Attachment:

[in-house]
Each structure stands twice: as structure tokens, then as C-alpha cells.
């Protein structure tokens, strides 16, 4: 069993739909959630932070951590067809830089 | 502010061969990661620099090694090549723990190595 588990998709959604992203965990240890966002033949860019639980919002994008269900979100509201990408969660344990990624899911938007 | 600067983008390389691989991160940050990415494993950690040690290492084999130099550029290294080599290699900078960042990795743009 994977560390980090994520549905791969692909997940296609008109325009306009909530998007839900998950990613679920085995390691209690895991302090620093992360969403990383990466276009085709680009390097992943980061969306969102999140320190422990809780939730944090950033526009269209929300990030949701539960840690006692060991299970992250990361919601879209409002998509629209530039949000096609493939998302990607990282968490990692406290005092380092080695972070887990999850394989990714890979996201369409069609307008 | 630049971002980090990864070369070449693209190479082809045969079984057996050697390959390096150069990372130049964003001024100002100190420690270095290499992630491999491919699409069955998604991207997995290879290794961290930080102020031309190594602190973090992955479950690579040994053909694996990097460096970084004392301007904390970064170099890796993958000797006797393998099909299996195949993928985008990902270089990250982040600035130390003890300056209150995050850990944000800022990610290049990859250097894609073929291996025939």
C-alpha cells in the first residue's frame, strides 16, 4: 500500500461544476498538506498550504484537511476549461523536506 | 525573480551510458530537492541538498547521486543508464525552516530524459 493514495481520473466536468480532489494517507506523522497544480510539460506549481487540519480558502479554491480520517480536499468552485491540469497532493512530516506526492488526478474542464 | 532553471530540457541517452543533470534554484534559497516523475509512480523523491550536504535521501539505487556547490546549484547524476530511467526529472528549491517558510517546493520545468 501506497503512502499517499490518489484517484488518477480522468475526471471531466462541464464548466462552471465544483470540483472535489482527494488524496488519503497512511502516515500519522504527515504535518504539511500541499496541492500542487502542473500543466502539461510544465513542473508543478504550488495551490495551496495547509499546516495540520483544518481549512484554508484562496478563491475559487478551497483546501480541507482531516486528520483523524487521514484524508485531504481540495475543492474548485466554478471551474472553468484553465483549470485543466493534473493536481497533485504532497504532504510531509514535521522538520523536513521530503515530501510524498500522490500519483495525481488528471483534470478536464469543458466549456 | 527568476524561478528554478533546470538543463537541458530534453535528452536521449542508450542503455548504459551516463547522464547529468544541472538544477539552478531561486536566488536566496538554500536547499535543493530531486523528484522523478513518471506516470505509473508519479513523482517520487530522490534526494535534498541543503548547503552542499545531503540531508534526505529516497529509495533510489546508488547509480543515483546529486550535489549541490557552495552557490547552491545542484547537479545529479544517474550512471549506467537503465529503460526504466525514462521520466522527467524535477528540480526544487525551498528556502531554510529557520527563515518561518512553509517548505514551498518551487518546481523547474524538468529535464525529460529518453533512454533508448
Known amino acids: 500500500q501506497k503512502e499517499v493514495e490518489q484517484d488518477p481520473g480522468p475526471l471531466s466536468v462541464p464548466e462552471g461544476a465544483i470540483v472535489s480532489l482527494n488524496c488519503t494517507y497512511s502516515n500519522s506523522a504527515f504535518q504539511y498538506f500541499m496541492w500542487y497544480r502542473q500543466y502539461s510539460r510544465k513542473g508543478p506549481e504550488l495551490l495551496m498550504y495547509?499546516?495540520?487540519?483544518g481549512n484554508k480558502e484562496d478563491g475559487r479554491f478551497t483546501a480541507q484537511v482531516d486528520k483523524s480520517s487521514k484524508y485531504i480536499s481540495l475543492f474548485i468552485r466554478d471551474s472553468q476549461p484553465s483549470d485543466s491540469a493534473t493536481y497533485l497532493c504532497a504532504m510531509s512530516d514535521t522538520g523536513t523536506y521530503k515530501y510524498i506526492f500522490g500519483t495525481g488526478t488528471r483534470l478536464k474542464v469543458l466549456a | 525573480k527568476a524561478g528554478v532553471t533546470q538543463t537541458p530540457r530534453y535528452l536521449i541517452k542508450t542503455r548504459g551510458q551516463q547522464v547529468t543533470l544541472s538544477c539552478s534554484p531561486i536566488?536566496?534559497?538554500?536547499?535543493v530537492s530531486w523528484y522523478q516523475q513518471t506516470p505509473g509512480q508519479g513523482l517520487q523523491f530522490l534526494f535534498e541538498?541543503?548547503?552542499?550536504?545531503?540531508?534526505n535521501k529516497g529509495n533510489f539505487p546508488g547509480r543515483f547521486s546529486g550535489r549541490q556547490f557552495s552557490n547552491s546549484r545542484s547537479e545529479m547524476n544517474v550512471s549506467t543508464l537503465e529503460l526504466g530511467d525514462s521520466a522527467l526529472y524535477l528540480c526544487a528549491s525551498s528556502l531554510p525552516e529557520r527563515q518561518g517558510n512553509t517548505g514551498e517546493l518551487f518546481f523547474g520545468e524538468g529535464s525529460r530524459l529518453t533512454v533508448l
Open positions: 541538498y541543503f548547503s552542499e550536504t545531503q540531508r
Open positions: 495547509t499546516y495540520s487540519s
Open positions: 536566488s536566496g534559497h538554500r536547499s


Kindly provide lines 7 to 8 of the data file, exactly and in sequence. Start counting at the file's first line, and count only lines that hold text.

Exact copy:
Open positions: 495547509t499546516y495540520s487540519s
Open positions: 536566488s536566496g534559497h538554500r536547499s